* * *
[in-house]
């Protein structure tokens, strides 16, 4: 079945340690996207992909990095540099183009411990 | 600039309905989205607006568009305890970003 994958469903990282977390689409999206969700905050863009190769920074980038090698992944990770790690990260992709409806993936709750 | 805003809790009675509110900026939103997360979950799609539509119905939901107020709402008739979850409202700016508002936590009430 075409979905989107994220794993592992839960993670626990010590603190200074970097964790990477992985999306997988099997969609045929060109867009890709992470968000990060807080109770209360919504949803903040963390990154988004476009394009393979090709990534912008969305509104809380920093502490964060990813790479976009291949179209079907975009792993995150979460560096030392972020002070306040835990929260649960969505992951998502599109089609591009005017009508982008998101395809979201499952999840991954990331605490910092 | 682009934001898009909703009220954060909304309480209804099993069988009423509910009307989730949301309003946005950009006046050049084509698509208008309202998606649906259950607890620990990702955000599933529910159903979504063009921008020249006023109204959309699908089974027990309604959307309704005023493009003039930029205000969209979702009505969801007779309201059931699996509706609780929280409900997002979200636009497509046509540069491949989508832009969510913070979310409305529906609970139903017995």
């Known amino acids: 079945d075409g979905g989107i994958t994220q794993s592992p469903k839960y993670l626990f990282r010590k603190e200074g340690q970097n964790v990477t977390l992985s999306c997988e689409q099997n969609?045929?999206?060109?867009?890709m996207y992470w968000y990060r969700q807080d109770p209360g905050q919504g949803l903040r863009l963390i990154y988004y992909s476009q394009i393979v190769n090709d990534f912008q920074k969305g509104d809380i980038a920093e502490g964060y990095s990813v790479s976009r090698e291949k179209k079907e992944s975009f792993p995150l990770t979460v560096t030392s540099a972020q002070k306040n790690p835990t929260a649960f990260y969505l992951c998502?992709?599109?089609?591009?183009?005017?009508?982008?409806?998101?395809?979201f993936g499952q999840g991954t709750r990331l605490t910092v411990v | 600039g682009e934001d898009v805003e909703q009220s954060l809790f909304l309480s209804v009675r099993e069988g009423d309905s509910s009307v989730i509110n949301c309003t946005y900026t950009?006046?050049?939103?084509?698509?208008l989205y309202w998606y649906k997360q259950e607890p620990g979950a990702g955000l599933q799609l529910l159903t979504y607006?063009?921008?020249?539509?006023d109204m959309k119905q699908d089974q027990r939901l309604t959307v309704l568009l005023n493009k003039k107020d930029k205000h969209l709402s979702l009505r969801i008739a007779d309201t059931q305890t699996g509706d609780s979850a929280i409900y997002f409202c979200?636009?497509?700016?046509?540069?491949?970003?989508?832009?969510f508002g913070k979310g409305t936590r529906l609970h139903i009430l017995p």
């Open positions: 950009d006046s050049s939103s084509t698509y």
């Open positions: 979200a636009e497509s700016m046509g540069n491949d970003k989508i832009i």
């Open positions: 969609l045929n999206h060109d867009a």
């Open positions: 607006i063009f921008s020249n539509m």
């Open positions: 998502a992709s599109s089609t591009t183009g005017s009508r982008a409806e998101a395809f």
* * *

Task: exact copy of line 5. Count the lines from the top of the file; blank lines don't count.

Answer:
């Open positions: 979200a636009e497509s700016m046509g540069n491949d970003k989508i832009i």